- The Washington Times - Friday, November 14, 2008

Q. My wife and I have lived in Arlington for the last eight years. We have a 30-year fixed rate at 5.25 percent with a balance of $240,000. We have just had our second child, and we are starting to outgrow our house. We are looking at two scenarios and would like your opinion.

Our first option is to move. We have very good friends who live around the corner and will be relocating this spring. They have offered to sell us their house for $700,000. Looking at recent sales of houses that size, I think it’s a great deal. We would be able to sell our house, conservatively, for about $550,000 and use the proceeds as the down payment. The house is much bigger than ours and needs a little upgrading, but we really like it.

Our second option is to remain in our house and build an addition. We’ve had a couple of contractors come in and we are told that the two-story addition we are considering will cost between $200,000 and $225,000. Living in a house under construction doesn’t really appeal to us, but we like the idea of being able to design our addition the way we want it. We also hate the idea of giving up our 5.25 percent fixed rate.

On the other hand, buying our friends’ house is a great opportunity. They would give us up to six months to sell our house, although I don’t think it would take nearly that long. Both my wife and I have good jobs, salaries and credit.

Any comments?

My first comment is to suggest that you continue your due diligence and your decision will eventually become obvious. Let’s take a look at the pros and cons of each scenario, starting with remaining in your home and building an addition for $225,000.


You are able to custom-build the addition to your specifications.

You won’t have to sell your house in a market that clearly favors buyers.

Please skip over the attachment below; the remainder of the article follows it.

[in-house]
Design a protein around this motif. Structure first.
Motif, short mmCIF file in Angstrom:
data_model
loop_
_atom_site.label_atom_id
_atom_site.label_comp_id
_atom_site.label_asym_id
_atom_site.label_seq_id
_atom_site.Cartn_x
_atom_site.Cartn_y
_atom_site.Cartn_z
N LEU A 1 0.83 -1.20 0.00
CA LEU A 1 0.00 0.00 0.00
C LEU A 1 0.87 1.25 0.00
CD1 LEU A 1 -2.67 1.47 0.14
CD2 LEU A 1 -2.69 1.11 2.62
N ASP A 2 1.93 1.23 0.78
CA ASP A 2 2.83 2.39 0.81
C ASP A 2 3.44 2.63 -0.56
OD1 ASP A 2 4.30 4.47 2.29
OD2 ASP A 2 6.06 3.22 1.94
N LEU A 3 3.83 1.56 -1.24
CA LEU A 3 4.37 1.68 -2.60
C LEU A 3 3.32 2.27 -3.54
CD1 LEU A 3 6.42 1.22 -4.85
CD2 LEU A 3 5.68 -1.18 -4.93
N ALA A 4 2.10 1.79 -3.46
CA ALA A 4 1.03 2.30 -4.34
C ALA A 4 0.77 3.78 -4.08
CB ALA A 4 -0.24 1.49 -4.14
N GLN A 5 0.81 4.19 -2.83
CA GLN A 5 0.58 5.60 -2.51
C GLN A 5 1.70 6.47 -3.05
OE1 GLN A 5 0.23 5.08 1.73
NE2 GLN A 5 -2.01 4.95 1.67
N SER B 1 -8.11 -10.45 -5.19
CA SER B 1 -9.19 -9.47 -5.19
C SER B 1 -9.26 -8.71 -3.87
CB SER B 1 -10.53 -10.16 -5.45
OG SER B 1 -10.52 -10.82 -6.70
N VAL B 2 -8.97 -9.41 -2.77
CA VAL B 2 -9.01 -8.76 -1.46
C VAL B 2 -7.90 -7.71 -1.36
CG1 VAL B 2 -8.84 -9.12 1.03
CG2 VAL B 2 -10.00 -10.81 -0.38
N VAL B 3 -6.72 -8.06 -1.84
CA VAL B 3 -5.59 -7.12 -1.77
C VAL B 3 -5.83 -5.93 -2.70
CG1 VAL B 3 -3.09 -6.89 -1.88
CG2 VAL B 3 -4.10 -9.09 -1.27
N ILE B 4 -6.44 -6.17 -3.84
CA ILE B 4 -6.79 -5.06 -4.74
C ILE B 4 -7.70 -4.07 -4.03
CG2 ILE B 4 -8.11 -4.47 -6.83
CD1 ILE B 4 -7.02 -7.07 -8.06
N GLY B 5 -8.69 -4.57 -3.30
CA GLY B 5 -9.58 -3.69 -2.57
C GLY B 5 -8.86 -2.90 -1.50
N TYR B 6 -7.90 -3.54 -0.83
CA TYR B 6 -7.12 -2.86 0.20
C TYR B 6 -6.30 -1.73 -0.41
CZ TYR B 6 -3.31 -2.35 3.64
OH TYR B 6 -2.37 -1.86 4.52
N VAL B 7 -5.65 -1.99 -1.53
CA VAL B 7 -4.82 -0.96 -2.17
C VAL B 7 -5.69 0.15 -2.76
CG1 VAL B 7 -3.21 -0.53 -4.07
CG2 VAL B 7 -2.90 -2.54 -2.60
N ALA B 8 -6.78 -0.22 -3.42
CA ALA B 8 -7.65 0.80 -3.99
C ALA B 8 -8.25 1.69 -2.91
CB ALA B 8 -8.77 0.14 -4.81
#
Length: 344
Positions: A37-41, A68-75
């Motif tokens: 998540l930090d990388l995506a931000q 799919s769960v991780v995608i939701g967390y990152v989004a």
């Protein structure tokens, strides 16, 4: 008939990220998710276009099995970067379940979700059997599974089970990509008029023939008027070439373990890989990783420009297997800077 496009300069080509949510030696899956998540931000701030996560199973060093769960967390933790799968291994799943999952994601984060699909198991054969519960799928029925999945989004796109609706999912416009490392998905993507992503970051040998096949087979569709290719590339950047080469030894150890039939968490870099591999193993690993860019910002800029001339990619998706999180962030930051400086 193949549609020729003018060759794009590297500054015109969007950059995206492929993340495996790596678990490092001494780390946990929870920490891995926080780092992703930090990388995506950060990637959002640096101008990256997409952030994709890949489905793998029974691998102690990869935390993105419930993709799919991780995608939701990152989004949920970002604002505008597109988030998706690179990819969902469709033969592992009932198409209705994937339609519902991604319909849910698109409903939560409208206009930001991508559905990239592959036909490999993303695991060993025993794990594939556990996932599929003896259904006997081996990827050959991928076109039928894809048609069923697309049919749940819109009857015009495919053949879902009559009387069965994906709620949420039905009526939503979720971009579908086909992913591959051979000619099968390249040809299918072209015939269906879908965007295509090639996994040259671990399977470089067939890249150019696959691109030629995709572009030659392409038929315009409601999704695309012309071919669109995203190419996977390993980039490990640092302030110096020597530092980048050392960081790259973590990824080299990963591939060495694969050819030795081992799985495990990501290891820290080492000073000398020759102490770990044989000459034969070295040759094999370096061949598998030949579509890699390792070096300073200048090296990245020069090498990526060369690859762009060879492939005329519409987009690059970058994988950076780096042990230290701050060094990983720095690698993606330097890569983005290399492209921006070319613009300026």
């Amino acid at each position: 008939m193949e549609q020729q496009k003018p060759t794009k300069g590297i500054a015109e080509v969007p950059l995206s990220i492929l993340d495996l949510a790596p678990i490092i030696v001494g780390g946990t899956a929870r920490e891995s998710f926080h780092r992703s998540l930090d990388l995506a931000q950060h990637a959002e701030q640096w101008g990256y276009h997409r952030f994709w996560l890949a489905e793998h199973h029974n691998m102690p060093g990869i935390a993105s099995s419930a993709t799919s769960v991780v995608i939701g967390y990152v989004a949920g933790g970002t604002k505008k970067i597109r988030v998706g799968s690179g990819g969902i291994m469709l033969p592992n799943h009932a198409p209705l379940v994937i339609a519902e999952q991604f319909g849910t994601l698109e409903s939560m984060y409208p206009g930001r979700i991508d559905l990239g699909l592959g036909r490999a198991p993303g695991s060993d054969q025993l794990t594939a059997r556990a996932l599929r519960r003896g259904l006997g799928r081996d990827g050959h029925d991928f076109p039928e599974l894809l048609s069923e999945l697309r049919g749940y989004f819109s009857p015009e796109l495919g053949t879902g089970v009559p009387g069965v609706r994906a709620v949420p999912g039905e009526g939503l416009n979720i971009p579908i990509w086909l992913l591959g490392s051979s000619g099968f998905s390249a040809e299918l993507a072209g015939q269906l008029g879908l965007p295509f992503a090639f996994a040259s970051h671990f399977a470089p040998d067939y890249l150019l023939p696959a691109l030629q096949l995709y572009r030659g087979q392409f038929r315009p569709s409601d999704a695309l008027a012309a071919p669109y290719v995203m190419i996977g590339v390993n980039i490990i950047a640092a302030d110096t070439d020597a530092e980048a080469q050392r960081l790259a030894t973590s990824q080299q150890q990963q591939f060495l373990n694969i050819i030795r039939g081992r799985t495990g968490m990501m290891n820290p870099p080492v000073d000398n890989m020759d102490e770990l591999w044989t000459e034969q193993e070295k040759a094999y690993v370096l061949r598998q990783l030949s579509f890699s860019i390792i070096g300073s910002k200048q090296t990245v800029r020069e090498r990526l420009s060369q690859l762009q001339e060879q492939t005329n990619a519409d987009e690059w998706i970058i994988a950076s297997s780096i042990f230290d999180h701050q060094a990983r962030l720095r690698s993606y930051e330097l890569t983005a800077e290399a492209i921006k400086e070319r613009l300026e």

You can possibly keep your $240,000 fixed-rate mortgage at a below-market 5.25 percent rate.


Building an addition, even with all the responsibilities in the hands of a general contractor, and living in a home that’s under construction can be stressful - especially with two small children.

You run the risk of cost and time overruns, compounding the stress level.

Financing options may be limited. While most home equity lines are tied to the prime rate, making them currently very inexpensive, the prime rate is likely to increase in the future. Fixed-rate second trusts will carry a higher rate and are harder to find, thanks to the credit crunch.

Let’s now consider purchasing your friend’s home for $700,000.


I’ll take your word for it. The purchase is likely to be a bargain, especially if you plan on holding onto the property for a long time. At best, the price should be discounted to reflect the lack of real estate commissions paid.

The other pros in this scenario are the same as the cons in the first scenario. You don’t have to deal with construction and there are no risks associated with the cost.


Likewise, the cons to purchasing your neighbor’s home are the same as pros in the first scenario. You have to sell your home in a disadvantageous market and you have to be satisfied with the current layout of the home, unless you are prepared to spend some money remodeling.

Let’s talk about financing for a minute. Selling your home for $550,000 would net you about $280,000 in cash, after sales commissions. Let’s back out $15,000 for closing costs and you have $265,000 left for a down payment, creating a new loan of $435,000 ($700,000 minus $265,000).

Unless Congress authorizes an extension of the so-called Fannie Mae and Federal Home Loan Mortgage Corp. (Freddie Mac) “Agency Jumbo” loans, you will be facing much higher interest rates unless the mortgage debacle has been largely solved when you’re ready to act. Otherwise, you may want to consider putting a little more money down or obtaining a second trust so you can limit your first trust balance to the current conforming level of $417,000.

Financing the addition could also pose a problem. If you need $225,000 for construction, your total debt on the property would be $465,000. If the property appraises for $550,000, the total mortgage debt would equal 84 percent of the property’s value. You may have trouble finding competitive financing with those numbers.

Although I don’t have enough detail to make a valid decision, my inclination would be to recommend that you buy your friends’ house if you think you can sell your current home without too much trouble. However, my real advice is this: Sit down with your wife, establish mutual objectives, prioritize your preferences and the answer will come.

Henry Savage is president of PMC Mortgage in Alexandria. Reach him by e-mail at [email protected]



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